Even if you don't work for Lehman Brothers or Merrill Lynch, it's a scary time to be an employee. If you don't have any friends, relatives or neighbors whose job is currently on the chopping block, it's probably because you don't have any friends, relatives or neighbors.
In April, a survey conducted by the Pew Research Center found that one in seven employees frets that they'll get laid off in the next year, with the lowest-earning workers understandably worried most about getting the axe.
But that doesn't mean you have to take the economic downturn lying down. For starters, you can create a layoff preparedness kit, so that if the worst happens and you find yourself on the wrong end of a pink slip with just 10 minutes to vacate the premises, you're not frantic.
"Keep contact information for your colleagues somewhere off site so that when you leave, you can stay in touch," said Dr. Janet Scarborough Civitelli, president of Bridgeway Career Development, a career coaching firm based in Seattle. "Any one of these colleagues might be the connection that helps you land your next job."
Likewise, keep your resume current, your office spare (easier to pack up in a pinch) and copies of any non-proprietary work samples stored at home.
Of course, if career disaster strikes, an updated resume and tidy desk will only get you so far. So let's go over what else you'll immediately need to do and consider should you lose your job.
1) Reign in your emotions. When you lose your livelihood, it's understandable you might be peeved, depressed or incredibly freaked out. But do your best to keep your feelings in check. Like mom used to say, if you don't have anything nice to say, keep your trap shut.
If someone asks you a question you don't feel equipped to answer without drop-kicking them, Scarborough Civitelli recommends offering a civil, "I need to think through some things and I'll touch base with you about that later."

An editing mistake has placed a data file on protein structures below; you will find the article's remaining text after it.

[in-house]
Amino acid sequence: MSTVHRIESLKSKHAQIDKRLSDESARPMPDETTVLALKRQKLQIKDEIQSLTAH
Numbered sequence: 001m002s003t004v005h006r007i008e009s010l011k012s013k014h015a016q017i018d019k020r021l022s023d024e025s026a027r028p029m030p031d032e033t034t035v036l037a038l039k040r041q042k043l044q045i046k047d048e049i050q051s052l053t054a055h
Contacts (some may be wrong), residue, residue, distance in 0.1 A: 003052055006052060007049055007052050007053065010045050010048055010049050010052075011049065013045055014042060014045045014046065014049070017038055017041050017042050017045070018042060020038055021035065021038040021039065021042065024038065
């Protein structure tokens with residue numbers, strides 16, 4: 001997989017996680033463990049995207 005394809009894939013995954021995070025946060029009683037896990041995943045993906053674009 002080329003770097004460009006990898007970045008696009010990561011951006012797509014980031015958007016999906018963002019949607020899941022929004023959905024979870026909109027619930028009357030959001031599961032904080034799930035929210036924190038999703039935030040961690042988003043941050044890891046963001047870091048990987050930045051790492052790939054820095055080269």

2) Grab your valuables. Assuming you do have access to your computer and more than 10 minutes to clear your desk, what should you salvage besides your work samples and your colleagues' contact info? Letters of praise from customers and coworkers, winning performance reviews and anything else that proves you know how to hit it out of the ballpark.
Forget about cleaning personal e-mails off the company computer, though. "They've been backed up to a corporate server, anyway," said Scarborough Civitelli.
And don't overlook memberships to professional associations or subscriptions to industry publications and databases that your employer purchased for you to keep, Scarborough Civitelli advises. Be sure to grab the necessary contact information so you can transfer these to your personal e-mail or snail mail address.
3) Don't leave benefits on the table. Depending on which state you live in, you may be entitled to cash in your accrued vacation days when you lose your job, said Maurice Emsellem, public policy director of the National Employment Law Project, an employment research and advocacy organization. According to Workplace Fairness, a worker advocacy Web site, 24 states -- including New York and California -- require employers to add accrued vacation pay to your last paycheck.